This is what a zero-emissions city looks like

{ object.primary_image.title }}

Oslo has an ambitious goal to cut emissions by 95% by 2030. Here’s how it will do it. On streets in downtown Oslo, former parking spaces are now bike lanes and parklets with benches and gardens. Since the city made the change, converting hundreds of parking spaces in 2017 and 2018 , car traffic has steeply dropped, falling 28% by 2019. At rush hour in the city center, people walk, bike, and wait for trams and buses instead of sitting in traffic. Read Full Story

More

UN Secretary-General: Every country and every company needs to make a plan for net-zero emissions

{ object.primary_image.title }}

In a speech, U.N. Secretary-General António Guterres called on the world to commit to strong climate change goals now. Hundreds of businesses, investors, cities, countries, and universities now plan to reach net-zero emissions by 2050, meaning that any of their greenhouse gas emissions that remain by then will be offset by carbon removal. Some are moving faster: Microsoft and Ikea, for example, plan to be carbon negative—they’ll remove more carbon than they their operations produce—by 2030. In a speech today, U.N. Secretary-General António Guterres said that every organization and government now needs to set a similar goal. Read Full Story

More

Walmart says it will reach zero emissions by 2040—without using any offsets

{ object.primary_image.title }}

Corporate climate commitments often involve paying into environmental projects to make up for an inability to truly achieve a clean footprint. The retail giant just set the bar higher. When companies set targets to get to zero emissions, they often aim for “net zero,” using carbon-offset projects like tree planting to make up for the fact that they haven’t fully stopped polluting. A new goal from Walmart goes further: By 2040, the company plans to reach zero emissions across its global operations without using any offsets. In other words, it’s aiming for real zero, not net zero. Read Full Story

More

PepsiCo says it will reach net-zero emissions by 2040

{ object.primary_image.title }}

In two decades, the giant food and beverage company plans a major shift to renewables and changes throughout its supply chain. As one of the largest food and beverage companies in the world, PepsiCo has a correspondingly massive carbon footprint—it generated 57 million metric tons in 2019. But by 2040, 10 years ahead of what’s necessary to meet the goals of the Paris climate agreement, it plans to reach net-zero emissions. Read Full Story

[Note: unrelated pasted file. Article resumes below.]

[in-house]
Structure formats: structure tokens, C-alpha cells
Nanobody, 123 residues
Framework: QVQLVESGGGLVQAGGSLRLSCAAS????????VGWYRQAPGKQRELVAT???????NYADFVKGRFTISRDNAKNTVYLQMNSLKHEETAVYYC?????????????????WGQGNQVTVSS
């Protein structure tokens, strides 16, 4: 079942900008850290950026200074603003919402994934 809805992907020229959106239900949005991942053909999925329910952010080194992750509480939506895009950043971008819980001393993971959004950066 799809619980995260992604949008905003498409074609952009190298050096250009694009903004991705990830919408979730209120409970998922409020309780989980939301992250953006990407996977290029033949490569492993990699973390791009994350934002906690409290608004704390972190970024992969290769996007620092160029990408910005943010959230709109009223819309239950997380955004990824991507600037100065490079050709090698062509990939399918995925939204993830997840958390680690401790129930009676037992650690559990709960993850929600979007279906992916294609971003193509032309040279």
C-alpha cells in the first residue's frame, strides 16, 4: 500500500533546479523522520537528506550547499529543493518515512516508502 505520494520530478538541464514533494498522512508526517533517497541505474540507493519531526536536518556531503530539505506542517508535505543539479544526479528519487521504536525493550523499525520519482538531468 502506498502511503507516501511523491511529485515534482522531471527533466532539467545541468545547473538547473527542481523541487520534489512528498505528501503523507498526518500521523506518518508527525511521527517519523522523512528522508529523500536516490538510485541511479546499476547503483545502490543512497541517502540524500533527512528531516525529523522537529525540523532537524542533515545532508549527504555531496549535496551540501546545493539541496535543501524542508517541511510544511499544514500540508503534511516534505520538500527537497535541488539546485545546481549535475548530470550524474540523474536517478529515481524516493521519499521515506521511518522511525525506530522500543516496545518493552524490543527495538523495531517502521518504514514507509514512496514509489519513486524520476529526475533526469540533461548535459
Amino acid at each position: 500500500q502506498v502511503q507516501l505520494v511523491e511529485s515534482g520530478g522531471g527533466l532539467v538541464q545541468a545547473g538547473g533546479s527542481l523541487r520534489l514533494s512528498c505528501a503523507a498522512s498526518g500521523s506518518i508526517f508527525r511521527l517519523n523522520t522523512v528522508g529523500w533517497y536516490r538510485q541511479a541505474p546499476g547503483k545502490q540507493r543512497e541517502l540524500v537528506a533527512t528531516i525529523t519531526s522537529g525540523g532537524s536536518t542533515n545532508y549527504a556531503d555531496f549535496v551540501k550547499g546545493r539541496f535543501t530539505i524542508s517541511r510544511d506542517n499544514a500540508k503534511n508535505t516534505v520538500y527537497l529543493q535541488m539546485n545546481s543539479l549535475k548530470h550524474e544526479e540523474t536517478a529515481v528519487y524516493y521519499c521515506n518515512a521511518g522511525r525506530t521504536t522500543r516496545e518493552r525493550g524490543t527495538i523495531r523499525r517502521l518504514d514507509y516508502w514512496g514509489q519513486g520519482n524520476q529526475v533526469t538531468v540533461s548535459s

More

The U.S. can get to net-zero emissions by 2050. Here’s how

{ object.primary_image.title }}

The Biden administration is expected to announce 2050 as the deadline for decarbonizing the economy. A new report looks at how we can get there. Dozens of countries, including Japan, the U.K., and Germany, plan to hit “net-zero” by 2050, meaning that any greenhouse gas emissions that still remain will be offset by carbon captured by methods like reforestation or direct air capture . China, the world’s largest emitter, plans to get to net-zero by 2060. When Biden takes office, the U.S. is expected to make a pledge to reach the goal by 2050. Can we do it? Read Full Story

More

This Al Gore-supported project uses AI to track the world’s emissions in near real-time

{ object.primary_image.title }}

“We intend to trace all significant manmade greenhouse gas emissions and assign responsibility for them.” As the world tries to figure out how to flatten the climate curve—cutting global emissions in half by the end of the decade, and reaching net-zero emissions by the middle of the century—one challenge is how to track current emissions from every power plant, farm, and other source on the planet. A new project called the Climate TRACE Coalition plans to use satellite imagery and AI to track those emissions in near real-time, even if they’re not being reported by the source. Read Full Story

More

Unilever is investing $1.1 billion in a new climate fund—and hopes to reach net zero emissions by 2039

{ object.primary_image.title }}

The goal is to hit the benchmarks set by the Paris Climate Agreement far earlier than the 2050 deadline. Unilever, one of the largest consumer goods companies in the world, had a carbon footprint equivalent to about 60 million metric tons of CO2 in 2019. But by 2039, the company plans to shrink the carbon footprint of its products to net zero, 11 years before the deadline set by the Paris Climate Agreement. Read Full Story

More

Subscribe to our newsletter

Join our newsletter and never miss out trending marketing news.

HitcountVariables(pk=9187, ajax_url='/api/hit/ajax/', hits='1')